Over the years, the continent of Australia has been known as the land 'down under'. But when it comes to the creation of athletes, the land down under has brought superstars to the surface.
Back in the 1960s and 1970s, the Aussies led the brigade into the U.S. Tennis market. Names like Rod Laver, Ken Rosewall, and John Newcombe were synonymous with winning. Greg Norman led Australia onto the golf scene with a number of masterful performances. And now comes another Aussie, Jason Belmonte, entering the pro bowling scene. In actuality, ladies pro, Carol Gianotti was one of the first high-profile Australian bowlers, but Belmonte has burst onto the scene not only as a representative from the Australian continent, but he's also sporting a dynamic innovation on the tenpin bowling scene--the two-handed delivery. Just as tennis icon and legend, Jimmy Connors, brought the two-handed backhand into the game and set a new standard for tennis, Belmonte's new style is a drastic change from the conventional hook-ball thrower, and is quite possibly establishing a new benchmark for high-revs in bowling.
Although Belmonte's style bucks tradition and is new to the tenpin bowling world, the sport of duckpin bowling is not surprised at such a variation, as the 2-handed delivery has been witnessed on the duckpin pro tour since the mid-1980s. In the modern small-ball bowling era, the first player to use a 2-handed delivery in professional competition was trailblazer Eddie Wirt. Wirt carried a 140+ duckpin average in numerous years of league play and was a member of the duckpin Pro Tour. Noted for extreme accuracy, Eddie perfected his unorthodox style while laying the ball almost directly down on the foul line and into a roll. As time has progressed, two other young superstars in the duckpin game have mastered the 2-hand bowling motion, breaking the '140 average' barrier--James Taylor and Chris Harwood. Taylor made a splash on the pro tour, and nearly won an event at Riviera Bowl in Pasadena, MD back in 2001, finishing runner-up to Bryce Kasalonis. Laurel, Maryland's, Chris Harwood uses the 2-handed delivery, and has been a force in professional events since the mid to late 1990s. A tremendous talent, Harwood is the premier 2-hander in duckpins at the present time. It should be emphasized that Chris is known as a sharpshooter just as his predecessor Wirt, demonstrating superior accuracy with spares, and at times has been known to string strikes--his most recent highlight occurring in the last game of the qualifying round at Hagerstown's Long Meadow Bowl in 2009, when he climaxed his 8-game block with a sensational 5-bagger en route to a 222 game.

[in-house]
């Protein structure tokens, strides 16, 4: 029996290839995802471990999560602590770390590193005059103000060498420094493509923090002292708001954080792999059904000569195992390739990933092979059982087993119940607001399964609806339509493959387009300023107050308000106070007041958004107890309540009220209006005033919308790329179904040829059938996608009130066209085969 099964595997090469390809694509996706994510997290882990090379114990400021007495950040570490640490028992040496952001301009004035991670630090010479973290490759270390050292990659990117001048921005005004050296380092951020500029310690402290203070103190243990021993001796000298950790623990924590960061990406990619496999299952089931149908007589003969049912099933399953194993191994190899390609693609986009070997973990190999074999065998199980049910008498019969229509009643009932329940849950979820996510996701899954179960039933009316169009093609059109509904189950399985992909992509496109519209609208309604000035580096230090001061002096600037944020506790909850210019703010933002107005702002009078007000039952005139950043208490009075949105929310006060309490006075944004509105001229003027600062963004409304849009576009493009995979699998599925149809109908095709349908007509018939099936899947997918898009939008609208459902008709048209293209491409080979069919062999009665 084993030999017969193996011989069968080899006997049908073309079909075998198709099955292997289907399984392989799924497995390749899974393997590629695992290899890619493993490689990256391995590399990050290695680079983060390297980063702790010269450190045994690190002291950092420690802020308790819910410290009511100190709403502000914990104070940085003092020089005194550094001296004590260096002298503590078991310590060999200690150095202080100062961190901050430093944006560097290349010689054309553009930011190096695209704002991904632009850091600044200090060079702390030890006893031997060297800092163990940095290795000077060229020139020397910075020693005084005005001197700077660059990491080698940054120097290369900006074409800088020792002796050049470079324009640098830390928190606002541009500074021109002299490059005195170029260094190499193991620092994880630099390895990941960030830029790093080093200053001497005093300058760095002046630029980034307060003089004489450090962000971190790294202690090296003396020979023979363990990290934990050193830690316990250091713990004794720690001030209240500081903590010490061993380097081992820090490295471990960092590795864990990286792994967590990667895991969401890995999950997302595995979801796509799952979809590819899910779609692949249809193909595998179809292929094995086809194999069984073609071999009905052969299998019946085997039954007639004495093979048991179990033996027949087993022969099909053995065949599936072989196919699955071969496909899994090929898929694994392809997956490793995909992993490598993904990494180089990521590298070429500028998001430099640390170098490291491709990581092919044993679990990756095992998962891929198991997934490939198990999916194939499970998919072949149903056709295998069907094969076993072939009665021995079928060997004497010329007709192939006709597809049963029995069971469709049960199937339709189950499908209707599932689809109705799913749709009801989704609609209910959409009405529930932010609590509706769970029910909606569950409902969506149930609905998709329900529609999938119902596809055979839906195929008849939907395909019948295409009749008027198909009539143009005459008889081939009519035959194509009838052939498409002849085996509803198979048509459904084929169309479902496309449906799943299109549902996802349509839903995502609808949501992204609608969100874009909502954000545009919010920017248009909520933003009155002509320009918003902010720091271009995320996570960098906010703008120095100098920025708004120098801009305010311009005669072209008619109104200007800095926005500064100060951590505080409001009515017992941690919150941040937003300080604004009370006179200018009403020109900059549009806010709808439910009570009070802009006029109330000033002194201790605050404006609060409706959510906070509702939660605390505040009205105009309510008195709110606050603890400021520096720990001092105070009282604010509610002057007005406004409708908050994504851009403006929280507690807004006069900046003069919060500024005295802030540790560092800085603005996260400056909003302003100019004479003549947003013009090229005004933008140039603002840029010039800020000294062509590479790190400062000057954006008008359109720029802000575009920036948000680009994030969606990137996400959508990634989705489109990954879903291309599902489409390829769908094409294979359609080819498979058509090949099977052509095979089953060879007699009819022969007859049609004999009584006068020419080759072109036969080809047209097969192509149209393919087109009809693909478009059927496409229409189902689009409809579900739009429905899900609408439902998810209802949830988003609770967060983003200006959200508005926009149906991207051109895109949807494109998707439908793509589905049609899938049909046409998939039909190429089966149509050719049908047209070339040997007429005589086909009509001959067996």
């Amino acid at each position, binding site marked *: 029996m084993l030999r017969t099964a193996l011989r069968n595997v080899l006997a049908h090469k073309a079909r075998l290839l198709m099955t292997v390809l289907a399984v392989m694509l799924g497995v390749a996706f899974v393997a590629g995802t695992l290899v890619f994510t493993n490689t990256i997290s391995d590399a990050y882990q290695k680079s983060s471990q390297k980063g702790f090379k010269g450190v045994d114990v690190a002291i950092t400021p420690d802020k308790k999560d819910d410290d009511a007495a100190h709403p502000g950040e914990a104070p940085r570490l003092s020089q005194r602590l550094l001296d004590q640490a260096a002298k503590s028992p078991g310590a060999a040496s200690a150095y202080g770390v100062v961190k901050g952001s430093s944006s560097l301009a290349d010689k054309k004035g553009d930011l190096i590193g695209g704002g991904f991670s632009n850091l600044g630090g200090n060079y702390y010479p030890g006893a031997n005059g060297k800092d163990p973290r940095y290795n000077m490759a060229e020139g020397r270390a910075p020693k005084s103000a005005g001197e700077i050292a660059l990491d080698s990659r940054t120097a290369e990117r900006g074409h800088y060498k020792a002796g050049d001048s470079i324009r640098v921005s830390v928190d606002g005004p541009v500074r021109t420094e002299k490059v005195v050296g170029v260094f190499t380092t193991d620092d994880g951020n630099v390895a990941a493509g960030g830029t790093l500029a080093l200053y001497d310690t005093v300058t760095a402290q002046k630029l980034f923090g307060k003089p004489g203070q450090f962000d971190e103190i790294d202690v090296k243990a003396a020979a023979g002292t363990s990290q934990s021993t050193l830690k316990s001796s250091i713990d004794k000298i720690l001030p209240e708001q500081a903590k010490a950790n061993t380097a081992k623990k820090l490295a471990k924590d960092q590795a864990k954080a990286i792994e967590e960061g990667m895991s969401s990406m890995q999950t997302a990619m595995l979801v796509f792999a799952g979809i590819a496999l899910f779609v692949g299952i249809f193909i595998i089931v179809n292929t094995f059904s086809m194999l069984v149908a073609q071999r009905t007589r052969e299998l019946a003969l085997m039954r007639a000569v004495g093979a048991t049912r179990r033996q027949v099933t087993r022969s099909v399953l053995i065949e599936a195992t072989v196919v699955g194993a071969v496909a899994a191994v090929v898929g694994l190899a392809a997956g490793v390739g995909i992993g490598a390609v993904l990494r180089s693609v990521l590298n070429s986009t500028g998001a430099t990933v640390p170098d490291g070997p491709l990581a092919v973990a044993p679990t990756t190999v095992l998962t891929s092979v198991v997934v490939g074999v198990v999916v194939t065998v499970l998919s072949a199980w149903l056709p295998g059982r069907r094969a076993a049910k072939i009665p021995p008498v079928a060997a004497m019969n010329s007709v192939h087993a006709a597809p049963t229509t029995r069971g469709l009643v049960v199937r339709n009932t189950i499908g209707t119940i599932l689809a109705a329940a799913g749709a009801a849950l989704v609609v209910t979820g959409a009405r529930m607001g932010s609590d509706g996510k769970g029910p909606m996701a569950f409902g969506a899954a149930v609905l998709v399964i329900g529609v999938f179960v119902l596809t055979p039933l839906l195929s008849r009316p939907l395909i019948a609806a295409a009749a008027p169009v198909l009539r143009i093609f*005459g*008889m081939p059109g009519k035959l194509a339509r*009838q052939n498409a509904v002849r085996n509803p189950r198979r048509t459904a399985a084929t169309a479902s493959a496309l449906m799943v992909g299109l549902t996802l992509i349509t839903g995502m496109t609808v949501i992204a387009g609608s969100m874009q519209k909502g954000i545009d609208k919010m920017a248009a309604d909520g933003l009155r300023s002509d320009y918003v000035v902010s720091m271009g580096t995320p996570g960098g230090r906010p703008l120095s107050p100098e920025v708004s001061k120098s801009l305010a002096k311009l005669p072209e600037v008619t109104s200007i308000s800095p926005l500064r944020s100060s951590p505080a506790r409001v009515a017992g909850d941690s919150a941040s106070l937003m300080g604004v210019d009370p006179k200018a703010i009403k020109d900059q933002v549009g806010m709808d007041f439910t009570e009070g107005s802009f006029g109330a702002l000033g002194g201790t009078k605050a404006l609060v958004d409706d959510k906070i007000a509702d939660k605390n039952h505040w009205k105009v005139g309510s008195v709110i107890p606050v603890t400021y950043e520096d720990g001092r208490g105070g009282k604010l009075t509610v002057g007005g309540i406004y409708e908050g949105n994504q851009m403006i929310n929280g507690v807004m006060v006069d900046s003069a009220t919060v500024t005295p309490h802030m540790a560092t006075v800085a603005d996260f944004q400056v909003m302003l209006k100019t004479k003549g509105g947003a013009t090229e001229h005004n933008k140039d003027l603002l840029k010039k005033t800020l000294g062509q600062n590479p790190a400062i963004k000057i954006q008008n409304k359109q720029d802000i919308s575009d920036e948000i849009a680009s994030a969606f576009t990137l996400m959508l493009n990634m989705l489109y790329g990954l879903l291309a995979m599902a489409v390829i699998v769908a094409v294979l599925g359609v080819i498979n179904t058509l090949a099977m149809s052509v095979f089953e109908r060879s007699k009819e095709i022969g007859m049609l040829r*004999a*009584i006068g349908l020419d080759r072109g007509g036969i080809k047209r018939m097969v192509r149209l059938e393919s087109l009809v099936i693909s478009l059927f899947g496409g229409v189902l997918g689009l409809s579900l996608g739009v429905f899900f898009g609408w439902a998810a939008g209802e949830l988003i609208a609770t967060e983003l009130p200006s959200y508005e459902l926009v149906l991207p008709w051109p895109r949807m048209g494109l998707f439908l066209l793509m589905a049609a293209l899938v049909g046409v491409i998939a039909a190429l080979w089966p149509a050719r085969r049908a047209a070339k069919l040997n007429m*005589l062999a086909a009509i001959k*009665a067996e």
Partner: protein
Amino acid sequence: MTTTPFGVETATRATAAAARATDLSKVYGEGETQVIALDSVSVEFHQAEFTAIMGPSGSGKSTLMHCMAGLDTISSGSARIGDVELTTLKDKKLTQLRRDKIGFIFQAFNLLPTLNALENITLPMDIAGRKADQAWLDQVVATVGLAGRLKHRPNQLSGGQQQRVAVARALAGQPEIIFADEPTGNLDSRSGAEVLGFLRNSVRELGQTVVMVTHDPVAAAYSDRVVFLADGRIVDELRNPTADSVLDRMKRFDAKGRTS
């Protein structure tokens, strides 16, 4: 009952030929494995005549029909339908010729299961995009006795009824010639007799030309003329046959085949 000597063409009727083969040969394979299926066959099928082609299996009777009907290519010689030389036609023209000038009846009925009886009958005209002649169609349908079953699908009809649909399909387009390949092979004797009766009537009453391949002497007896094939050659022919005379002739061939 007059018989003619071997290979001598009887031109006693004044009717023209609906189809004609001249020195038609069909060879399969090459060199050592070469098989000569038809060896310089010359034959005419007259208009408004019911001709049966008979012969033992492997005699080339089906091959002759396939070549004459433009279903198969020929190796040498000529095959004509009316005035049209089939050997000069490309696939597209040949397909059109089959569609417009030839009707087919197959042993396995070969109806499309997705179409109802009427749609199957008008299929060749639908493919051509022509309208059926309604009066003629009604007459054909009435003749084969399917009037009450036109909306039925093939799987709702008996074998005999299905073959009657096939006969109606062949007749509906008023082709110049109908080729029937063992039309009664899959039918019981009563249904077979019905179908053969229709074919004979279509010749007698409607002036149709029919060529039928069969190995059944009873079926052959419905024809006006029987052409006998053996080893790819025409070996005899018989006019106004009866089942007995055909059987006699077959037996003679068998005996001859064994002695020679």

Being on the unconventional side, the 2-handed style in bowling does require developing this method in the early stages of a bowler's development, as it can be very taxing on a person's anatomy (especially the back) if attempted after a player is accustomed to a one-handed delivery.
|Tenpinner Jason Belmonte|
(Photos courtesy PBA LLC)
|Duckpinner Chris Harwood|
Shown here are the tenpin and duckpin pros' similar approaches using the 2-hand method. The major difference in the 2 bowlers is that Belmonte's tenpin delivery generates an extreme number of side-revolutions on the bowling ball, allowing it to curve at the desired point down the lane, thus optimum for striking. Harwood's ball reaction, when compared to Belmonte's rotation, appears to be more of a flat delivery, as duckpins demands a different line to the headpin when attempting to procure consistency on the object pin. The 2 bowlers look very similar from the front as we analyze their deliveries, although there's a distinct difference when viewing them from behind. If you were to watch videos of the 2 bowlers from the rear, you'd notice that Belmonte's left-hand gives the impression of functioning as a support guide from the side of the ball, as his right hand ultimately generates the rotation, while Harwood's right and left hand stay with the ball all the way through his roll.
While the bowling motions of these talented players appear unorthodox, there's no arguing the results they have achieved. Just another remarkable example of how everyone is different, and if positive numbers and statistics are generated, no one can say that there's a right way and wrong way to roll a bowling ball.
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